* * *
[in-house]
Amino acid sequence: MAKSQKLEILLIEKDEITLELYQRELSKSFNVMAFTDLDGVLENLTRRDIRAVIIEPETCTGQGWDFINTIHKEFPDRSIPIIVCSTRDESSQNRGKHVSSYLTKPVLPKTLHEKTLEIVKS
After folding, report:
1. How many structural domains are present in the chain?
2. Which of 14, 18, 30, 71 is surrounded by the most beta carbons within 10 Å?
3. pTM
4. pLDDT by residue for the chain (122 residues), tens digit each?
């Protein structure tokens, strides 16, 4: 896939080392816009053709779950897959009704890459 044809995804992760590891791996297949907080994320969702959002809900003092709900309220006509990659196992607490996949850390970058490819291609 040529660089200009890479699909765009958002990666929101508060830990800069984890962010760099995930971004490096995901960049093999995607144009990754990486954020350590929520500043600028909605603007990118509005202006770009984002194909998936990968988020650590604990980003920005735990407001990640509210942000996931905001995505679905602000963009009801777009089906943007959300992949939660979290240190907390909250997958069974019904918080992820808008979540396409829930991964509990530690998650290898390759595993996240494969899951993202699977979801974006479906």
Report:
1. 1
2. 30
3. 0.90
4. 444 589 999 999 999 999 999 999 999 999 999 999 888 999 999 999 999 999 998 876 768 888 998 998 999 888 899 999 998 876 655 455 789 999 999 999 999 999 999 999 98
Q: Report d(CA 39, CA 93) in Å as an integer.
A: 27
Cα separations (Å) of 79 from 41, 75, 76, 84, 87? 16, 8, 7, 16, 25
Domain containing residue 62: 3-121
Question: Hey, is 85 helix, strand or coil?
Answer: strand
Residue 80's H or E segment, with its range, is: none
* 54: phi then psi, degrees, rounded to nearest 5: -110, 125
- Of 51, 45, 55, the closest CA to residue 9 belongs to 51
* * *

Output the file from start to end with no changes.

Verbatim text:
[in-house]
Amino acid sequence: MAKSQKLEILLIEKDEITLELYQRELSKSFNVMAFTDLDGVLENLTRRDIRAVIIEPETCTGQGWDFINTIHKEFPDRSIPIIVCSTRDESSQNRGKHVSSYLTKPVLPKTLHEKTLEIVKS
After folding, report:
1. How many structural domains are present in the chain?
2. Which of 14, 18, 30, 71 is surrounded by the most beta carbons within 10 Å?
3. pTM
4. pLDDT by residue for the chain (122 residues), tens digit each?
């Protein structure tokens, strides 16, 4: 896939080392816009053709779950897959009704890459 044809995804992760590891791996297949907080994320969702959002809900003092709900309220006509990659196992607490996949850390970058490819291609 040529660089200009890479699909765009958002990666929101508060830990800069984890962010760099995930971004490096995901960049093999995607144009990754990486954020350590929520500043600028909605603007990118509005202006770009984002194909998936990968988020650590604990980003920005735990407001990640509210942000996931905001995505679905602000963009009801777009089906943007959300992949939660979290240190907390909250997958069974019904918080992820808008979540396409829930991964509990530690998650290898390759595993996240494969899951993202699977979801974006479906």
Report:
1. 1
2. 30
3. 0.90
4. 444 589 999 999 999 999 999 999 999 999 999 999 888 999 999 999 999 999 998 876 768 888 998 998 999 888 899 999 998 876 655 455 789 999 999 999 999 999 999 999 98
Q: Report d(CA 39, CA 93) in Å as an integer.
A: 27
Cα separations (Å) of 79 from 41, 75, 76, 84, 87? 16, 8, 7, 16, 25
Domain containing residue 62: 3-121
Question: Hey, is 85 helix, strand or coil?
Answer: strand
Residue 80's H or E segment, with its range, is: none
* 54: phi then psi, degrees, rounded to nearest 5: -110, 125
- Of 51, 45, 55, the closest CA to residue 9 belongs to 51